The Rebel bikie group were stopped by Police at
the top of the Toowoomba Range for random checks. Photo: Bev
Lacey / The Chronicle Bev Lacey
THE Attorney General's office can't give direct answers to
four questions put to it on how Queensland's new anti-bikie laws
Acting Attorney General David Crisafulli has instead given
an assurance a "common sense approach" to the laws will prevail,
with police required to have supporting evidence and
intelligence before charging anyone with any offence.
Four questions were sent to Mr Crisafulli late last week,
posing hypothetical situations involving present or past outlaw
motorcycle gang members, under which they or others could
conceivably be arrested.
Many contributors have complained they are not aware under
which situations they might be breaking the law by associating
with past or present outlaw motorcycle club members.
The situations put to Mr Crisafulli were:
I am married to a member of an OMC. My two
brothers are also members. It is my brother's birthday. Can
I celebrate it over a meal at the local pub with my husband
and two brothers? If not, do I run the risk of being
arrested or only the other three?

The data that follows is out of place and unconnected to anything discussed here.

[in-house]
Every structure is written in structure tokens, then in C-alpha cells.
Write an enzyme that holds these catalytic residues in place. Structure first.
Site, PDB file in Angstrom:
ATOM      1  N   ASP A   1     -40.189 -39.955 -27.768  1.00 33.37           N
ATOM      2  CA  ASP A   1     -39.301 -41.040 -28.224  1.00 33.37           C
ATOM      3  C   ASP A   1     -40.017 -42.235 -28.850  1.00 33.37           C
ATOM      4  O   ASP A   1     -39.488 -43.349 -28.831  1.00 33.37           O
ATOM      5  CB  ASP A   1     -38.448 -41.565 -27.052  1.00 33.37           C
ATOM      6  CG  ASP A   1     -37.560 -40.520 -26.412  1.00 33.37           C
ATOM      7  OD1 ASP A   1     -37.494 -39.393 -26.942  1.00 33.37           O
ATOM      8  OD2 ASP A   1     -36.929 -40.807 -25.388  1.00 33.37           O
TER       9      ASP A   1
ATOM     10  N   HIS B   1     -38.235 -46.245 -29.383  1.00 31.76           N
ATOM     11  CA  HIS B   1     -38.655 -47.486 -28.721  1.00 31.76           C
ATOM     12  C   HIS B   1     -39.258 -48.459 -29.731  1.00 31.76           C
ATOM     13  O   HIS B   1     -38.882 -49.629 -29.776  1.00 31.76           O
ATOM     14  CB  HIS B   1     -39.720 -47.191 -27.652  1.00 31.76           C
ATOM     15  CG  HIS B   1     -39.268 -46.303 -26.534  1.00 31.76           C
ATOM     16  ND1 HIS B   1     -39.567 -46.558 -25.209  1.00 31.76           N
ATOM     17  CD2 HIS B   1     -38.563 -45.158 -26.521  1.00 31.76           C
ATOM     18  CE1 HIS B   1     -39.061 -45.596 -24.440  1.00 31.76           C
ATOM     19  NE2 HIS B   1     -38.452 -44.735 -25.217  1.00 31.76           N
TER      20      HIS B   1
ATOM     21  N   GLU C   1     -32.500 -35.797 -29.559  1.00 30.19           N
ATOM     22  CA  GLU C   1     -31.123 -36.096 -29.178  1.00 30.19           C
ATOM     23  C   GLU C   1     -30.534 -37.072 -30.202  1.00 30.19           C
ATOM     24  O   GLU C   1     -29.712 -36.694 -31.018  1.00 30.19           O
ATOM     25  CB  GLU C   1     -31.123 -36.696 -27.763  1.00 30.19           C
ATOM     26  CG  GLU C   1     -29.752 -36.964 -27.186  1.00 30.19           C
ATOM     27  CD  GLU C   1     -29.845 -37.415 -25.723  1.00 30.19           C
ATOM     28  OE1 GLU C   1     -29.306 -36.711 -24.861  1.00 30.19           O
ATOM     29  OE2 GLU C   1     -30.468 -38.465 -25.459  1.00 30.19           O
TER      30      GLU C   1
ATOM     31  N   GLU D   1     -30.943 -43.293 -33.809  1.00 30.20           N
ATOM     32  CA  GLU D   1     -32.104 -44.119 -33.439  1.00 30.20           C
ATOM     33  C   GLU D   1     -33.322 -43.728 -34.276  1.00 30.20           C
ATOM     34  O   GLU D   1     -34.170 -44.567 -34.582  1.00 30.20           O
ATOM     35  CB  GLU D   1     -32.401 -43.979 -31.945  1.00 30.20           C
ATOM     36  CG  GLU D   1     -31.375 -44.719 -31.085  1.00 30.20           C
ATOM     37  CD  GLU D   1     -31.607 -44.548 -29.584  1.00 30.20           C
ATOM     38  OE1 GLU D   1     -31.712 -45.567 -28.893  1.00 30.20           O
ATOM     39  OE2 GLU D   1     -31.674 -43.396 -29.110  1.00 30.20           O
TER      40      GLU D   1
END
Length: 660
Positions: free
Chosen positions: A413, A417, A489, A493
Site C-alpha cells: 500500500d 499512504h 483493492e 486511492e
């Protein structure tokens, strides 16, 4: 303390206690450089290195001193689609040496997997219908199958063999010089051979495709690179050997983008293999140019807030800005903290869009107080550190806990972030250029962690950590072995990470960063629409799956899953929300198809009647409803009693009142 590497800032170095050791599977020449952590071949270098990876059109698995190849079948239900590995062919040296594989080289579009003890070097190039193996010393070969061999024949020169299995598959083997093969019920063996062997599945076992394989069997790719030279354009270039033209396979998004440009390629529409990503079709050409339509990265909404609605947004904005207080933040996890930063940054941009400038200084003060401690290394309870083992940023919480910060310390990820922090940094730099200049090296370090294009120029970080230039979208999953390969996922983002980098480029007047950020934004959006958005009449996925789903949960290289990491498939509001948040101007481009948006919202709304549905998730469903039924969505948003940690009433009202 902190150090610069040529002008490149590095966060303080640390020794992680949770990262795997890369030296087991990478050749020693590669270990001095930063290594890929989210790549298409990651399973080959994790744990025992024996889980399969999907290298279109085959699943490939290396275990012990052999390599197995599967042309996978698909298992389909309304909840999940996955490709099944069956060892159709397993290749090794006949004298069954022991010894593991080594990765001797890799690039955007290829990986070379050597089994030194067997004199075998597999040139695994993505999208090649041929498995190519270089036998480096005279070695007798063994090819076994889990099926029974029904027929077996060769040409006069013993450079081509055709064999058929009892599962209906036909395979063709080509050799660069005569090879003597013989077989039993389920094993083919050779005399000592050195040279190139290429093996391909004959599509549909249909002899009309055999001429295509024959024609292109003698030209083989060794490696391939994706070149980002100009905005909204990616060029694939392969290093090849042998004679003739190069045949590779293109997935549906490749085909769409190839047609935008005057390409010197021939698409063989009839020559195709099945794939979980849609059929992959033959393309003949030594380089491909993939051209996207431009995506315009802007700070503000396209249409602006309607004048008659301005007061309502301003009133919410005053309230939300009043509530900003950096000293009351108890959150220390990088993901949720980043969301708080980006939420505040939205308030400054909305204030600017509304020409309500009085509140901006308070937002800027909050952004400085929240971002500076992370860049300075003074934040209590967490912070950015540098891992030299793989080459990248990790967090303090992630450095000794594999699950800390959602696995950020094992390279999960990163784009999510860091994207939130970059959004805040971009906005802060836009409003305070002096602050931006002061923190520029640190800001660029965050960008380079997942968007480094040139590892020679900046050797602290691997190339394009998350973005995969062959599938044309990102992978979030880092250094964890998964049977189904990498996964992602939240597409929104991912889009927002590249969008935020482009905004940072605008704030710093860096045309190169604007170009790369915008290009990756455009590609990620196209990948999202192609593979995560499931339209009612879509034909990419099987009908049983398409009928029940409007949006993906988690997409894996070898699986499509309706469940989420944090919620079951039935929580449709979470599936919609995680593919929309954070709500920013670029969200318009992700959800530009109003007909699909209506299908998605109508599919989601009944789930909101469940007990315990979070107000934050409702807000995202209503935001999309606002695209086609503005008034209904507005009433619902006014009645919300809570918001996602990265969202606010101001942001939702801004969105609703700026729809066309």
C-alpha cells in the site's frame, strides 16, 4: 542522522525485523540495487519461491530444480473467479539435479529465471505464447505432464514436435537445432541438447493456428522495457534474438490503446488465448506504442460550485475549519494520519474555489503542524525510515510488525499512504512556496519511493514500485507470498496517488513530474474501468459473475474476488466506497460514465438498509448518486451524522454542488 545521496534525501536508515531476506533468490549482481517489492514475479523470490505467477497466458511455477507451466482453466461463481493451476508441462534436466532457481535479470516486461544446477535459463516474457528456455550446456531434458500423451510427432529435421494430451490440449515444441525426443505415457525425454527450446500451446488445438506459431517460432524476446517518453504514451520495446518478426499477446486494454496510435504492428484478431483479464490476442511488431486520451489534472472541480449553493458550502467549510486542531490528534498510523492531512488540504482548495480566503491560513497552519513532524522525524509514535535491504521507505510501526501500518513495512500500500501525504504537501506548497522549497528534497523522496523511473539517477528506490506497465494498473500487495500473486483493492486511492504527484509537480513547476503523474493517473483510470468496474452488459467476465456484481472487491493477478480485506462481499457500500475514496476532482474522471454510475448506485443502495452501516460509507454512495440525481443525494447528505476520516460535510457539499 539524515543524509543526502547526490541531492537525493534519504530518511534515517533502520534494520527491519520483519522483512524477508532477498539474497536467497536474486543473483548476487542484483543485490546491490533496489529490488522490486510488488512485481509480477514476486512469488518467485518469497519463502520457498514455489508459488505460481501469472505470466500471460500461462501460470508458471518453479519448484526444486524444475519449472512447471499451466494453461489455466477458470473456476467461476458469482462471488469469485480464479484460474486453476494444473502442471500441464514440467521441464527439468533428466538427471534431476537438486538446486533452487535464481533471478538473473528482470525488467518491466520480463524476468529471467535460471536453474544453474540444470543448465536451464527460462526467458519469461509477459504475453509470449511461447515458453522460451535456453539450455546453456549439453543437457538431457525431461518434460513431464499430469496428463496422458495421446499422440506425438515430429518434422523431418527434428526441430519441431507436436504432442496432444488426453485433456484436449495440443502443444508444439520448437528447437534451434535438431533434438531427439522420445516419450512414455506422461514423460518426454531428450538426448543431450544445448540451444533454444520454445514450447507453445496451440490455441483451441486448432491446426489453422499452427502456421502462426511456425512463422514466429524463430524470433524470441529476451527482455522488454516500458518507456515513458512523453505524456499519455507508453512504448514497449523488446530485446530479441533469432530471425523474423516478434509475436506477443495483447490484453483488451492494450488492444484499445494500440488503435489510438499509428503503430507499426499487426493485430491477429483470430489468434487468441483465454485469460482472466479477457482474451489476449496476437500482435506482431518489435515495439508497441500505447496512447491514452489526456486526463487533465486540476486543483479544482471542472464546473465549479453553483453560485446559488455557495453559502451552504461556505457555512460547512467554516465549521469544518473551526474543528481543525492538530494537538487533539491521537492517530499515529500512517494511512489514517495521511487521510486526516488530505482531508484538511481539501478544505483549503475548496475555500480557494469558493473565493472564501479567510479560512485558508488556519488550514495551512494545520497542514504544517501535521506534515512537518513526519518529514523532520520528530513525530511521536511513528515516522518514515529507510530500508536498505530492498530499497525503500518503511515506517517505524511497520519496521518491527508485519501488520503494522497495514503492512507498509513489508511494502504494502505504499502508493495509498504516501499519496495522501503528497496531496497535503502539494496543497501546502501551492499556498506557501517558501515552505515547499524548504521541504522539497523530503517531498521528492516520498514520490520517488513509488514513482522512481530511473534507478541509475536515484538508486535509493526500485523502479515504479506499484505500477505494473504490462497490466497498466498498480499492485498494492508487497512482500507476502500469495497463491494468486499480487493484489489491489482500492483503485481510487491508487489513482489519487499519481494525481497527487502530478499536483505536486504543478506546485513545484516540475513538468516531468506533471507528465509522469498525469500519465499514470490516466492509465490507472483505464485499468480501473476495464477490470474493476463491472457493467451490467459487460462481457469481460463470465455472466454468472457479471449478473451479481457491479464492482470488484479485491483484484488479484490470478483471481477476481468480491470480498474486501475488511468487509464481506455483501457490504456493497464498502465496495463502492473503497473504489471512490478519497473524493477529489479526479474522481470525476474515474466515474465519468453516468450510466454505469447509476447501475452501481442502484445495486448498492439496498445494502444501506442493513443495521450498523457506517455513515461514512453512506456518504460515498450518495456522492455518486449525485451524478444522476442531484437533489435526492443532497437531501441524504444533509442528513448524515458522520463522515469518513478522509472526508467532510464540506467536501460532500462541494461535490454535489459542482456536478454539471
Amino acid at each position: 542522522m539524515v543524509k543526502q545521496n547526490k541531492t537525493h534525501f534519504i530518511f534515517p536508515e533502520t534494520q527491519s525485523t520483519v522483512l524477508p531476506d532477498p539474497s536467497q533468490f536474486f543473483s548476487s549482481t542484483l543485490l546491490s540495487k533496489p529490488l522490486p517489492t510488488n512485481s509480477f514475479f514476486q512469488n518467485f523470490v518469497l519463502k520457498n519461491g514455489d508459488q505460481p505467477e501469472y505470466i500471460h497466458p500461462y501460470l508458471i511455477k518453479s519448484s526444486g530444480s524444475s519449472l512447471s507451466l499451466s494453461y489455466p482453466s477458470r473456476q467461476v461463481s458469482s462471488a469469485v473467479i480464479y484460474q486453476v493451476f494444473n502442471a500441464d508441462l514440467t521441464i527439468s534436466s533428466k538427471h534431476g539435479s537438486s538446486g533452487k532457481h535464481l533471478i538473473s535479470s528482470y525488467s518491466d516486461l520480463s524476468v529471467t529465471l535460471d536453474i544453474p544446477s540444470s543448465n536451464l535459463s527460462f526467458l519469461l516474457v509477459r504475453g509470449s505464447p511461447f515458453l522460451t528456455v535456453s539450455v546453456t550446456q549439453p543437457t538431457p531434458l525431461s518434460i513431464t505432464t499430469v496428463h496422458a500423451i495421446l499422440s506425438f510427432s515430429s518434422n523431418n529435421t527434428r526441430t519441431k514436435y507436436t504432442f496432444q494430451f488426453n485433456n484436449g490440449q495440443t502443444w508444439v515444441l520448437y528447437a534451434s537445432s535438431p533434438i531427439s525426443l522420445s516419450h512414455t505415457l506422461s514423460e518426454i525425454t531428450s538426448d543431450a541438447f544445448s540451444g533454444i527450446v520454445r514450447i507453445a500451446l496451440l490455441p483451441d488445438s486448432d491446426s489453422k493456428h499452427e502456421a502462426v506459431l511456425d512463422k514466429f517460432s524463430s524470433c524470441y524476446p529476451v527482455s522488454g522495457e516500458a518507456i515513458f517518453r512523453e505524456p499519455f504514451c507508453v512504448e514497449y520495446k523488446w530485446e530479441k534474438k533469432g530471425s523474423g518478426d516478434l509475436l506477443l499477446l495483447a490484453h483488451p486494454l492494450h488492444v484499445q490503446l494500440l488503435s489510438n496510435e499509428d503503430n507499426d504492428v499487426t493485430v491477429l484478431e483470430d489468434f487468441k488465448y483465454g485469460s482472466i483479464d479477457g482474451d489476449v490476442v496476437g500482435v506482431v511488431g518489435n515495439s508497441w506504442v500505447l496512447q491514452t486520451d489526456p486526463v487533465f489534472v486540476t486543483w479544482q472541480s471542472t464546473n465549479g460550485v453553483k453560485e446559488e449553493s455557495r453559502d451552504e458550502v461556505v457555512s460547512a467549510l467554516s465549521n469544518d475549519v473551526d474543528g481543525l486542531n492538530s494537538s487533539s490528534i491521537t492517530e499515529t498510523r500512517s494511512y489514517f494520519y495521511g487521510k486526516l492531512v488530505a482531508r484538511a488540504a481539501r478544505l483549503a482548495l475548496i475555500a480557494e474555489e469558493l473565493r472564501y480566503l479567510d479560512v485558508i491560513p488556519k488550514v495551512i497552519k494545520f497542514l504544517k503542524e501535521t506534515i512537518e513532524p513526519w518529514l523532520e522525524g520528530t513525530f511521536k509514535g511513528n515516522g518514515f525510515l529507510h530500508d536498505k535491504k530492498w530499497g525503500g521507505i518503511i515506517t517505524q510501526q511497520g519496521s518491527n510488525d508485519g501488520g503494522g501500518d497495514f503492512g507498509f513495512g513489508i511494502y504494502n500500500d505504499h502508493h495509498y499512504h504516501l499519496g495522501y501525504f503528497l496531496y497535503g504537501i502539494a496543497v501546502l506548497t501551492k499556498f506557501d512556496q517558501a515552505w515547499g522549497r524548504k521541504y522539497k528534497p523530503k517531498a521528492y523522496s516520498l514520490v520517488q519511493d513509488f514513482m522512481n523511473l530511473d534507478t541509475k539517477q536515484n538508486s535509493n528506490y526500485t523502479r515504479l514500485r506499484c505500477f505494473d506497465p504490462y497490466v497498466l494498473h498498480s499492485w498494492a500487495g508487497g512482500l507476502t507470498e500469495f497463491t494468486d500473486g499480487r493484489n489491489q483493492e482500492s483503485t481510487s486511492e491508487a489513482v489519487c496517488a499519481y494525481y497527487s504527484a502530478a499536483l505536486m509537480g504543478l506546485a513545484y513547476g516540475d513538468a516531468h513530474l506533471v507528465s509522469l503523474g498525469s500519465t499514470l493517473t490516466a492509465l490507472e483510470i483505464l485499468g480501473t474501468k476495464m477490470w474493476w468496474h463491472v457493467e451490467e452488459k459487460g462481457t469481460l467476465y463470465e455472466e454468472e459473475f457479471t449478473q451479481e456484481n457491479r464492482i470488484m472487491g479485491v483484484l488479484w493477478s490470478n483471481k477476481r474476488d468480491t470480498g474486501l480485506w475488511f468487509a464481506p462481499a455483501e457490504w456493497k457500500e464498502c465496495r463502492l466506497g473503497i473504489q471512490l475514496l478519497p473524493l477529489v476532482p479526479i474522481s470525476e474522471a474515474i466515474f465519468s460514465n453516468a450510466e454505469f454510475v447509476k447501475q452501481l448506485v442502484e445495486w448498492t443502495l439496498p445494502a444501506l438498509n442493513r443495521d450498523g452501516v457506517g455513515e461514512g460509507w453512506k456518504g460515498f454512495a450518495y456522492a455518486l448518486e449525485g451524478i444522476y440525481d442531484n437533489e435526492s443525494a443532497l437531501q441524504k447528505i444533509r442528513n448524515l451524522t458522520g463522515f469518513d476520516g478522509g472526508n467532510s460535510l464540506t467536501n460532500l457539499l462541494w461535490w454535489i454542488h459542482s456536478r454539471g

I employ two members of an OMC and one former
member. Can they all work in my shop at the same time?
Three members of our church are former OMC
members. They each walked away from their clubs over the
past five years and have turned their lives around. Can
they technically or actually be arrested for being at church
together and are all members of the church at risk of being
I have two acquaintances who are fairly rough.
I'm not sure whether they are OMC members and don't really
want to ask them. If I see them and another of their mates
at the pub, can I be arrested for having a chat or a drink
with them if it turns out they are gang members?
Instead of answering the questions individually, Mr
Crisafulli responded with a three-paragraph statement:
"These laws target only people who knowingly participate
in criminal organisations. A participant is a person who is
either involved by membership or association in the activities
of a criminal organisation or seeks to be involved. In other
words, the law applies a practical and common sense test on
association and participation
"The laws passed by the Parliament make it clear that
only people who knowingly involve themselves with the dealings
of criminal organisations will be subject to our laws.
"Police require supporting evidence and intelligence
before charging anyone with any offence."